What is it?
Syphilis is a sexually transmitted infection. It’s a bacterial infection that spreads by having unprotected sex or through using unclean needles or an unscreened blood transfusion. Syphilis is diagnosed with a blood test.
The infection starts as a painless sore on the genitals, rectum or mouth. It can then develop into a rash or more serious symptoms. Syphilis is treated with antibiotics, and it’s important to get treated as soon as possible. You will also need to tell your past sexual partners so they can be treated.
What will my GP do now?
Your GP will give you information about:
- Your treatment and testing for other sexually transmitted infections
- Starting the contact tracing process
- Safe-sex strategies, prevention and birth control
- Related issues like pelvic inflammatory disease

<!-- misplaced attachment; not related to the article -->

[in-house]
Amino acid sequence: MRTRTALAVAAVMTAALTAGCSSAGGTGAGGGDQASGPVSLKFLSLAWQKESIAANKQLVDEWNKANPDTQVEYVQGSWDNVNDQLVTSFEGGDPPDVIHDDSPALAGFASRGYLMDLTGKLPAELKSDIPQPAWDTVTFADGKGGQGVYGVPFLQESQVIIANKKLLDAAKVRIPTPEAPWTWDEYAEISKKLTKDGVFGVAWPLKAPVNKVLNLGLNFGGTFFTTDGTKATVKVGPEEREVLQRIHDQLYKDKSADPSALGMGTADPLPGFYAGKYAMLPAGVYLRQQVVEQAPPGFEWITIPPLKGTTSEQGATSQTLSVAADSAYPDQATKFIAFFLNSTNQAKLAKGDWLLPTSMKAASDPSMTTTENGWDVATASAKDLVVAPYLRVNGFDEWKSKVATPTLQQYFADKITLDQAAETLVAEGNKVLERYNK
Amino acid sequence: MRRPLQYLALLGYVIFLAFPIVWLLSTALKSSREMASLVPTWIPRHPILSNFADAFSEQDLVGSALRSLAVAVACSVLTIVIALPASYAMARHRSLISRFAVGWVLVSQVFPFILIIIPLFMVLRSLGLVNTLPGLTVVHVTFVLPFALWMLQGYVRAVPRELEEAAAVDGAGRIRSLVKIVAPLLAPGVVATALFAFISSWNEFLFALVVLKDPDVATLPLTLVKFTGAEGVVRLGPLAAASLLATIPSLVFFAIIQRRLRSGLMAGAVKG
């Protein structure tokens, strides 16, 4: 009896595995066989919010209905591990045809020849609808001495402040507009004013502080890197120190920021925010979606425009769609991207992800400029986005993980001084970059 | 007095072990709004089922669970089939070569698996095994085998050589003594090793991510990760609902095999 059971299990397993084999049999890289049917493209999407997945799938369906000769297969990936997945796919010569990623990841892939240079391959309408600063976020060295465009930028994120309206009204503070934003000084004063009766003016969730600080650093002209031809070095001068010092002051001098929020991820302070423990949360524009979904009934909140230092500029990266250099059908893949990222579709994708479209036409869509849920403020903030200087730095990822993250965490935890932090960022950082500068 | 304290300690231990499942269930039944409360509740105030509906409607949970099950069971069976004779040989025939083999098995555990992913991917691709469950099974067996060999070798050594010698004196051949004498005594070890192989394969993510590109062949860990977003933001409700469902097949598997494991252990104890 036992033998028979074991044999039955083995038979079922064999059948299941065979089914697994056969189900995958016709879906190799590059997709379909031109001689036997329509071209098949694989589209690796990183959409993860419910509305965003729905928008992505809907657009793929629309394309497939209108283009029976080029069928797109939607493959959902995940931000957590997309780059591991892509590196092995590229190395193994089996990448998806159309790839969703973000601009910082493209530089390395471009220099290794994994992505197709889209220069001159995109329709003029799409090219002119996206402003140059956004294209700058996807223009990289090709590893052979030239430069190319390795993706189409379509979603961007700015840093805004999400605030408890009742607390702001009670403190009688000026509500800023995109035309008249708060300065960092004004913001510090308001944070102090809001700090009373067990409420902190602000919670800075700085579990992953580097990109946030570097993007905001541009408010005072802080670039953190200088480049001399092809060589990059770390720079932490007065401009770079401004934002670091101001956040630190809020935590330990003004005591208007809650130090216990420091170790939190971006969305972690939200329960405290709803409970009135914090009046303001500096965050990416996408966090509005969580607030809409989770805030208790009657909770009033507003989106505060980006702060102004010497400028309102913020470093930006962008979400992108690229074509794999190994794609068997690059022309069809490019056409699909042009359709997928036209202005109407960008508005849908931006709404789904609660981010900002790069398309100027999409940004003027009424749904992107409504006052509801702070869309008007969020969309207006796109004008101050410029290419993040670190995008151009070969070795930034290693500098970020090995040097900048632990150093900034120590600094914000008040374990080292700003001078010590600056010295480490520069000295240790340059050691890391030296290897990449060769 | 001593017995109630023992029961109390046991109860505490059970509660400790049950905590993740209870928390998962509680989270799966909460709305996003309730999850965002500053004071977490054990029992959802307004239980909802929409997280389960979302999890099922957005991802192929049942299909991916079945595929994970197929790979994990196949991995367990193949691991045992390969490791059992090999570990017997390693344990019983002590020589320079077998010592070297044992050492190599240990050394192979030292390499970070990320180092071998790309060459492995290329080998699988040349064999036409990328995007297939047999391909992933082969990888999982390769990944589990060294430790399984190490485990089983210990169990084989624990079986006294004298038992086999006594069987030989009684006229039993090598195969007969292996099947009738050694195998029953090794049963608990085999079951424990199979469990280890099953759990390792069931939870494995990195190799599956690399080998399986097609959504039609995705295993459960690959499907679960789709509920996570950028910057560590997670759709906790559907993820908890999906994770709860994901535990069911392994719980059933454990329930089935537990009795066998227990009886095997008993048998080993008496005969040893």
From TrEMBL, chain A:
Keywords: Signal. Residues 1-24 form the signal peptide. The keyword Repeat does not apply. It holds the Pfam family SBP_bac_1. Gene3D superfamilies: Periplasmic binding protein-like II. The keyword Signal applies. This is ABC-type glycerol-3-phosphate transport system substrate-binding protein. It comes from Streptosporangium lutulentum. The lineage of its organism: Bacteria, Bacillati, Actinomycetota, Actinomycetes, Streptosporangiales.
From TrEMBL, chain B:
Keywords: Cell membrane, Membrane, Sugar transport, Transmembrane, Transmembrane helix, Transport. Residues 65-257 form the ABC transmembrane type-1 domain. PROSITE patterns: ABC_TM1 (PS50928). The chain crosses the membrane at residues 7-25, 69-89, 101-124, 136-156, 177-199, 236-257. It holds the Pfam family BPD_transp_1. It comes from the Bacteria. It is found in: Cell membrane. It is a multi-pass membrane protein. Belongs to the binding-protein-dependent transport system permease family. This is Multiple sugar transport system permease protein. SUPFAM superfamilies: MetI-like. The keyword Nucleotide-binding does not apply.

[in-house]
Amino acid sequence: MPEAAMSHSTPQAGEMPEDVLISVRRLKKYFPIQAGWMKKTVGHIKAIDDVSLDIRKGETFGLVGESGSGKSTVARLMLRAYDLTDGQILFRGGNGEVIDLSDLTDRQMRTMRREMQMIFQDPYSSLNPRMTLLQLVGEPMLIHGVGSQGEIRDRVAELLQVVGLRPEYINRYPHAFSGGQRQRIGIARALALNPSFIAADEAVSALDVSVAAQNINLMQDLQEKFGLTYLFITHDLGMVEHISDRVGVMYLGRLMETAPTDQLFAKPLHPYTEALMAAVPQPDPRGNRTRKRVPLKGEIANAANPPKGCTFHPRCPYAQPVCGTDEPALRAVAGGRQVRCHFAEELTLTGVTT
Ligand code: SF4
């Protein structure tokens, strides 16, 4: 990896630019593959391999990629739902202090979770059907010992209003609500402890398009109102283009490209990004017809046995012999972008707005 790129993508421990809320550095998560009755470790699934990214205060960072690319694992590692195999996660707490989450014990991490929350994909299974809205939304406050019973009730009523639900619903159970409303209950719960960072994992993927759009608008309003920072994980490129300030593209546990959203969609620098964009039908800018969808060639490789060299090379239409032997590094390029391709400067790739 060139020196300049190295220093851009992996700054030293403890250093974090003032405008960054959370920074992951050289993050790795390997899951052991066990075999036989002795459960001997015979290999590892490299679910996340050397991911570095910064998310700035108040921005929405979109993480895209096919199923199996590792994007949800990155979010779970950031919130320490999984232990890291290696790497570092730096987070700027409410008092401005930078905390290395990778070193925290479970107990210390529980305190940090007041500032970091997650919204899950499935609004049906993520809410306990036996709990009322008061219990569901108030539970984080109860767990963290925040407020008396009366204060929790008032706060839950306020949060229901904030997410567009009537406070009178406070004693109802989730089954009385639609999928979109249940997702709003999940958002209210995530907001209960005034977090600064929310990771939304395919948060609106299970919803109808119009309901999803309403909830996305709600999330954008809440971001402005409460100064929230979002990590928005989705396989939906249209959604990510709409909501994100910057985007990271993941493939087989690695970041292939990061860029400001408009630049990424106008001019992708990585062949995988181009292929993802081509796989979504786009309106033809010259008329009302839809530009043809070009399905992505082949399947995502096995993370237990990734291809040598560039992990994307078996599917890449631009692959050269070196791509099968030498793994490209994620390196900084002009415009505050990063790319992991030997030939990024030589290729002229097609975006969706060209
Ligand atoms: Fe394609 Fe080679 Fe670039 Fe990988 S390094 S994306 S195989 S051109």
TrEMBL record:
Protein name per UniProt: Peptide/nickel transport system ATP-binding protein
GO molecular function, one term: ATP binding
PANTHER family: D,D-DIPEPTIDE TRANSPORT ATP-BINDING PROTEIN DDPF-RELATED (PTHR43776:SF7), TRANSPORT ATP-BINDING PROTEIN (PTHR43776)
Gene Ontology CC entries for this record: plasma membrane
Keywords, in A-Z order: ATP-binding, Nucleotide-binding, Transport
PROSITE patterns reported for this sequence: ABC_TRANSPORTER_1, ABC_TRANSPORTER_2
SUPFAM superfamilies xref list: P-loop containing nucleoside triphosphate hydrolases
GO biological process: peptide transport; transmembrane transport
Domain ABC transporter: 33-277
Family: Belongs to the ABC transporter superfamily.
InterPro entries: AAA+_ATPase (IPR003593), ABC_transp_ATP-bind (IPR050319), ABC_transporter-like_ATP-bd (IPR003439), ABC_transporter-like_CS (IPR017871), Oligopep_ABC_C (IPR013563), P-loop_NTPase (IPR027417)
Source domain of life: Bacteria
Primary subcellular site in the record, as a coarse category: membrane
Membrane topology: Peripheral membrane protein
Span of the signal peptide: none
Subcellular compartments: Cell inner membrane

- Resources and support
- If a referral for a counsellor or specialist if necessary
Your may need a referral to a sexual health specialist if:
- You are allergic to penicillin
- You are pregnant
- Your case is complex
- You have another infection, such as HIV
What will my GP do in the future?
Your GP may see you again in three, six and 12 months for further tests to ensure the infection is gone. If you are pregnant, re-testing is needed five weeks after your treatment has finished.
What can I do?
It’s important you follow your treatment instructions carefully. Besides getting healthy, you need to make sure everyone you’ve had sex with recently knows to get tested too to stop them spreading the infection to others.